The Price of Education

Junior Kendal Adams-Fink’s experience as an IB Diploma Candidate without the same level of financial backing as her peers

Grace Logan (she/her), Online Editor

You have something to prove and this is what you need to do to prove it.
The clock reads 4:30 a.m.

This is where you need to be if you want to do this in the future. 

It’s now 5:45 a.m., and these mantras continue to repeat over and over in junior Kendal Adams-Fink’s head. She continues to cram as much as she can before 7:40 a.m. 

  Adams-Fink’s first semester as an International Baccalaureate (IB) diploma candidate is swiftly coming to an end, and despite the stress that comes hand-in-hand with midterms, she remains motivated. 

“I look around me and there are nice adults that I respect immensely,” Adams-Fink said. “I’ve always wanted to prove myself, so I say ‘This is stressful right now, but I don’t want to let anybody down.’” 

Adams-Fink has always been determined to achieve above and beyond expectations, but her motivation has been heightened by the annual price attached to the candidacy program. 

“The IB diploma costs $357 dollars a year,” Adams-Fink said. “ willing to pay for my education, which I greatly appreciate, and also has financial aid options.”

Despite the support of her friends and family, Adams-Fink’s socioeconomic status can, at times, be isolating.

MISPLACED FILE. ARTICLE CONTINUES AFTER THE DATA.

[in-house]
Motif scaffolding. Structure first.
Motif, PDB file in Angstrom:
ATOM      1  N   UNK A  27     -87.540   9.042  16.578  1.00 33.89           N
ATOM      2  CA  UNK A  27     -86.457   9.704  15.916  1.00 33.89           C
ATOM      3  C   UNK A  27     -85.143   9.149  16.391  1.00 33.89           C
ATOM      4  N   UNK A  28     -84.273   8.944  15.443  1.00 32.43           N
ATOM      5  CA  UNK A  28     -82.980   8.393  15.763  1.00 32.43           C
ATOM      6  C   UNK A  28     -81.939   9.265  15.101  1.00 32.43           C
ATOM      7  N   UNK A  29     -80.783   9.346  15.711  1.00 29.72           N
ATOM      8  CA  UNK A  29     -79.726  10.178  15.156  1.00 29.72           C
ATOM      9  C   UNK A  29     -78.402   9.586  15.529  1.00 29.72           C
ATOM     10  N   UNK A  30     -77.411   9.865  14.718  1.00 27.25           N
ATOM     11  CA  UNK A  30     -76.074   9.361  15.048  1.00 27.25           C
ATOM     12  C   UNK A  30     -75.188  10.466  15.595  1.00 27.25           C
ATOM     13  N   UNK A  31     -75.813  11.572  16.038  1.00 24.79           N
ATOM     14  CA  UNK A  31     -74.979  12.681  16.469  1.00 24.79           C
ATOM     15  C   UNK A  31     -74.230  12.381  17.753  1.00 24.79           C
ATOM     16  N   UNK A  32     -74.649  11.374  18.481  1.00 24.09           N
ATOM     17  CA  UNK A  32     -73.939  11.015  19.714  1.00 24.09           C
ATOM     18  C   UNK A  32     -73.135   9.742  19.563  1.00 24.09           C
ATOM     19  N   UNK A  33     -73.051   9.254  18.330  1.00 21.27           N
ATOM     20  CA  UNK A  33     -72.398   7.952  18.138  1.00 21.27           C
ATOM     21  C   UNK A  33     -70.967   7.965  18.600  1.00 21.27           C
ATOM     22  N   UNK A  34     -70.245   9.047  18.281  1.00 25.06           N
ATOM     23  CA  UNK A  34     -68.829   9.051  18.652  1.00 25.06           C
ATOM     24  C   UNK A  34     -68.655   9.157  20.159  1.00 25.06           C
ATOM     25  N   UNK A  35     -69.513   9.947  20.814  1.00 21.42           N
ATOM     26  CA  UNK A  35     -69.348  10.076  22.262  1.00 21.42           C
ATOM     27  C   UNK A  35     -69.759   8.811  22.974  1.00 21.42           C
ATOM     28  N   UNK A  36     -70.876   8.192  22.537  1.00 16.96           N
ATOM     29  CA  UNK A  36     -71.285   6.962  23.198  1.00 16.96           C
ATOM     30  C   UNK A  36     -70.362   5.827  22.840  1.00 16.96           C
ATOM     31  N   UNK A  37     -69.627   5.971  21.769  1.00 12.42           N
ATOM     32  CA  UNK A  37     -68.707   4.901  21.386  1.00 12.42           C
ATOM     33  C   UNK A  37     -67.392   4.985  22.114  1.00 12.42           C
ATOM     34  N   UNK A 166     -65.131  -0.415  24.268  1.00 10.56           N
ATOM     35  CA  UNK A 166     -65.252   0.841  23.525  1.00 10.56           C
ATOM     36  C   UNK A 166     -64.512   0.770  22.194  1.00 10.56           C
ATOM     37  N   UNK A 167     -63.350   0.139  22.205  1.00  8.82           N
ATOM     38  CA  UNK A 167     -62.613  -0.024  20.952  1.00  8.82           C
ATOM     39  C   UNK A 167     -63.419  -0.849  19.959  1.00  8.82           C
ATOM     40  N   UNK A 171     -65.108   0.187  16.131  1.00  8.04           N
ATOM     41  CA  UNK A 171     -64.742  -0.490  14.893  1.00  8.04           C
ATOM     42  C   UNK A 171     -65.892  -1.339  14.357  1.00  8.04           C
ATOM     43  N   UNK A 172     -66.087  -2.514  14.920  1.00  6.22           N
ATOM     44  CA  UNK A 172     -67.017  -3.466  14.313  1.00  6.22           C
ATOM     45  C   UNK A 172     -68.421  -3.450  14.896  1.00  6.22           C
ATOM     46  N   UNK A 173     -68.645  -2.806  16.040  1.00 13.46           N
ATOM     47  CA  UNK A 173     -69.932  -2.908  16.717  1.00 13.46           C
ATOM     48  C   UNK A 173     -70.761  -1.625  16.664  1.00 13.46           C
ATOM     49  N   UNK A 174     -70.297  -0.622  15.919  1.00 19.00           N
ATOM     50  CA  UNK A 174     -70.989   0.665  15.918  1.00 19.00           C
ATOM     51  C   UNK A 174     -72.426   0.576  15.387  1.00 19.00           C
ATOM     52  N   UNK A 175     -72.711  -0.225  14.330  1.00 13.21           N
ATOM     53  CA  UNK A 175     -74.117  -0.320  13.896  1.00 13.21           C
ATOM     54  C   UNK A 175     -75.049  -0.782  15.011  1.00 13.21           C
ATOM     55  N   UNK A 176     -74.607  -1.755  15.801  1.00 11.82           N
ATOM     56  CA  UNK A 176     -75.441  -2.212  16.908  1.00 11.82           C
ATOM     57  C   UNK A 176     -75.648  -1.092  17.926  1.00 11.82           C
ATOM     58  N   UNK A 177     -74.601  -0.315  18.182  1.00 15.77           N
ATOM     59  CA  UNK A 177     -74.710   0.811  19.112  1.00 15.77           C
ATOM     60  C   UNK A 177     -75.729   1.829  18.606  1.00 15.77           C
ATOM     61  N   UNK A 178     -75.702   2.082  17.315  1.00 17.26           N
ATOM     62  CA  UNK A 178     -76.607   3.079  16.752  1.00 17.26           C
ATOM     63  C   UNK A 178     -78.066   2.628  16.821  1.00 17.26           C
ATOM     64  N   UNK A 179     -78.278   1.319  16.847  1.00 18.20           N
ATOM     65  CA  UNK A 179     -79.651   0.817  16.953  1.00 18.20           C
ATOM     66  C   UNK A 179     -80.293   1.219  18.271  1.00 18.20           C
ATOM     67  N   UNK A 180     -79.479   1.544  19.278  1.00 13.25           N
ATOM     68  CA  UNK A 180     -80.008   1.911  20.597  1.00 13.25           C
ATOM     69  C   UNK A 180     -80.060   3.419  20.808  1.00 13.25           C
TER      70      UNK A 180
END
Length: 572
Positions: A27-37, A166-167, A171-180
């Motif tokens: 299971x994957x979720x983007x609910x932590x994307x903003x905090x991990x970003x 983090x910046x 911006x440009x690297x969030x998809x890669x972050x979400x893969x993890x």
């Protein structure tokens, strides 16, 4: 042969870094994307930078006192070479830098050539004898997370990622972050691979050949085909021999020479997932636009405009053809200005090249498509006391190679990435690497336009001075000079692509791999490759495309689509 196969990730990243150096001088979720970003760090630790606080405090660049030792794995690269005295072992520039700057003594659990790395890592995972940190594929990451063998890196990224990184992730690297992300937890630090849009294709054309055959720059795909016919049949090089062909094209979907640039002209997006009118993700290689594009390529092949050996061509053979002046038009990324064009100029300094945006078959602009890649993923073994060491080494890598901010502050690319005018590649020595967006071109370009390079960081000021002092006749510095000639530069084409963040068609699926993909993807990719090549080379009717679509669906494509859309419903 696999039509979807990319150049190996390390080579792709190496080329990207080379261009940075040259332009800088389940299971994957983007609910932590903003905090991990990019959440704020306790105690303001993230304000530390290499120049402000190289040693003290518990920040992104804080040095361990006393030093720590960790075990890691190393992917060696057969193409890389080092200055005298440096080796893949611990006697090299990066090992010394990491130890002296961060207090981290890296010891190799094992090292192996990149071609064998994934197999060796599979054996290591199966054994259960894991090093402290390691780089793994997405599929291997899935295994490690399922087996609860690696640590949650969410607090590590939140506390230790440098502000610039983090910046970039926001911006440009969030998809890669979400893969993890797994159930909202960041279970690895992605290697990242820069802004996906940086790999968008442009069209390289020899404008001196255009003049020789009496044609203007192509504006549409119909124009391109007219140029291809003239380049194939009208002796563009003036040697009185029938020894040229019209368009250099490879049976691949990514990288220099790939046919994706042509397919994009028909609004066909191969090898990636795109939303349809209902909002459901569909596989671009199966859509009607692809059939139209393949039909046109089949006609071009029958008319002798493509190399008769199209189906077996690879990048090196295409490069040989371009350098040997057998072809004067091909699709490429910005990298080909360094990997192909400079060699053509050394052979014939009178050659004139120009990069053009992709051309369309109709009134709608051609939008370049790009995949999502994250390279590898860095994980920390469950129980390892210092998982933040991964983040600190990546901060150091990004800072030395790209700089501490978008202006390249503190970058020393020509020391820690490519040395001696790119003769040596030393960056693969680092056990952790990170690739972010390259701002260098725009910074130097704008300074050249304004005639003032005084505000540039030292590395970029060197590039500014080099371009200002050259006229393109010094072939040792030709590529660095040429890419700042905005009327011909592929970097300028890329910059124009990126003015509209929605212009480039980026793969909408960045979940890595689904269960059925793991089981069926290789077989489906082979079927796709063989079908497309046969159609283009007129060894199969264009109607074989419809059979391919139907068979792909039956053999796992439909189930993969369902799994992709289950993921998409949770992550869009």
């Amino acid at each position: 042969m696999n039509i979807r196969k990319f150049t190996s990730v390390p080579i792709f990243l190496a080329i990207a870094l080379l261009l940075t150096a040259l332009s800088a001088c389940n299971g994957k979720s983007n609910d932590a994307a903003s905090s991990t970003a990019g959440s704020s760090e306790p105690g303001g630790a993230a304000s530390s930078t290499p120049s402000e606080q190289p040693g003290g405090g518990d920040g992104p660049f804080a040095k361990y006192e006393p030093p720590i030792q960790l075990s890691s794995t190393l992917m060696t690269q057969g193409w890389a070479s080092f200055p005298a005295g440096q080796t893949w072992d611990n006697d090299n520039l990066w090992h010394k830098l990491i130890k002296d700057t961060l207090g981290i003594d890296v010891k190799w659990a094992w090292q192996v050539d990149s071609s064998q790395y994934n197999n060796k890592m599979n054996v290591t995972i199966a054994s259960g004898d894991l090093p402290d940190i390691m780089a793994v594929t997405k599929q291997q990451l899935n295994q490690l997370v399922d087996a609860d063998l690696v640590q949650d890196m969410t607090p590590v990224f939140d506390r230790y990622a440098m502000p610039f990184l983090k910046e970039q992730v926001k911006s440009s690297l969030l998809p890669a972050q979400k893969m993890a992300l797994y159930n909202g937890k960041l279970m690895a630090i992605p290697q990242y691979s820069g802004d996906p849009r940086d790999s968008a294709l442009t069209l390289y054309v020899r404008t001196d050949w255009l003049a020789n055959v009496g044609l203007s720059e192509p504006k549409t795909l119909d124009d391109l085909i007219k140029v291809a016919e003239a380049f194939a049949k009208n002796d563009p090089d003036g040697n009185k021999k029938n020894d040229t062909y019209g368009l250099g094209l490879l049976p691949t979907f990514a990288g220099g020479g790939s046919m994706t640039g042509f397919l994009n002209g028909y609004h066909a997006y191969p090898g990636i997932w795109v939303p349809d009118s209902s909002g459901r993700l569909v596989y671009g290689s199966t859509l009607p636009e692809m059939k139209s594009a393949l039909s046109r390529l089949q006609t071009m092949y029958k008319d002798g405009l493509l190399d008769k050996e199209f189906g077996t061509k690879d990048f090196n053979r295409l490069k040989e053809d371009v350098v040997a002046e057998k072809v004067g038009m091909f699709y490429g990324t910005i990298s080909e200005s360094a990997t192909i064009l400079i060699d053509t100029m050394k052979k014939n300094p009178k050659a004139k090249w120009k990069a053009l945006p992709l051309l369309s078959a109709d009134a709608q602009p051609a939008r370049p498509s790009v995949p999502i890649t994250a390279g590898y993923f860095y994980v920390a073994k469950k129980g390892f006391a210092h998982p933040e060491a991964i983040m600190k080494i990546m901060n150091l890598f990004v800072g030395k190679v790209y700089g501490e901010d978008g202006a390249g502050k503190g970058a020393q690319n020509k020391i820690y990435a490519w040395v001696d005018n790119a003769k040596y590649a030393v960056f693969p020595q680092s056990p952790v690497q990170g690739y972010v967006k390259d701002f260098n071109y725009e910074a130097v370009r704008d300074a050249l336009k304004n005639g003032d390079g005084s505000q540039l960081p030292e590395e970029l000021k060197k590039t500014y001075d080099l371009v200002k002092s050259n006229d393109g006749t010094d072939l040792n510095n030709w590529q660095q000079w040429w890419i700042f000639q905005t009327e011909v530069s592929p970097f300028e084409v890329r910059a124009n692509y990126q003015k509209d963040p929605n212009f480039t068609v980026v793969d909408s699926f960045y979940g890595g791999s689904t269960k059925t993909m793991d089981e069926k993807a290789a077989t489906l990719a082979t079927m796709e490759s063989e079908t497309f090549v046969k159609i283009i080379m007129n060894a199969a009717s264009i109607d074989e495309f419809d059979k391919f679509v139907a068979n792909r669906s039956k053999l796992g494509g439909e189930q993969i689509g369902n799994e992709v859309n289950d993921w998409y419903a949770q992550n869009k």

“I’m in a place of privilege,” Adams-Fink said. “But I feel I have different views about where money goes. I see all these students with really, really big houses and they get allowances, or people clean their houses or they can make little comments, ‘Oh, yeah, it was just a couple hundred dollars. That’s nothing.’ A couple hundred dollars isn’t actually that much for certain things, but it just means something different to me than it does to the people around me.” 

Students and families’ ability to stay in the program can be an issue, but Adams-Fink believes the lack of diversity is a greater concern as there are options in place for financial support.

“ racial identity more than socioeconomic status,” Adams-Fink said. “ has really good financial aid options that they need to advertise more. Obviously, there is a connection between race and socioeconomic status in a lot of situations, but I feel like these opportunities aren’t broadcasted to certain communities as much as they should be.” 

If students are interested in enrolling in AP, IB or Honors courses, but have financial concerns, contact IB Coordinator Amy Walker. 

“I would love to be able to remove that barrier for as many of our students as we possibly can,” Walker said.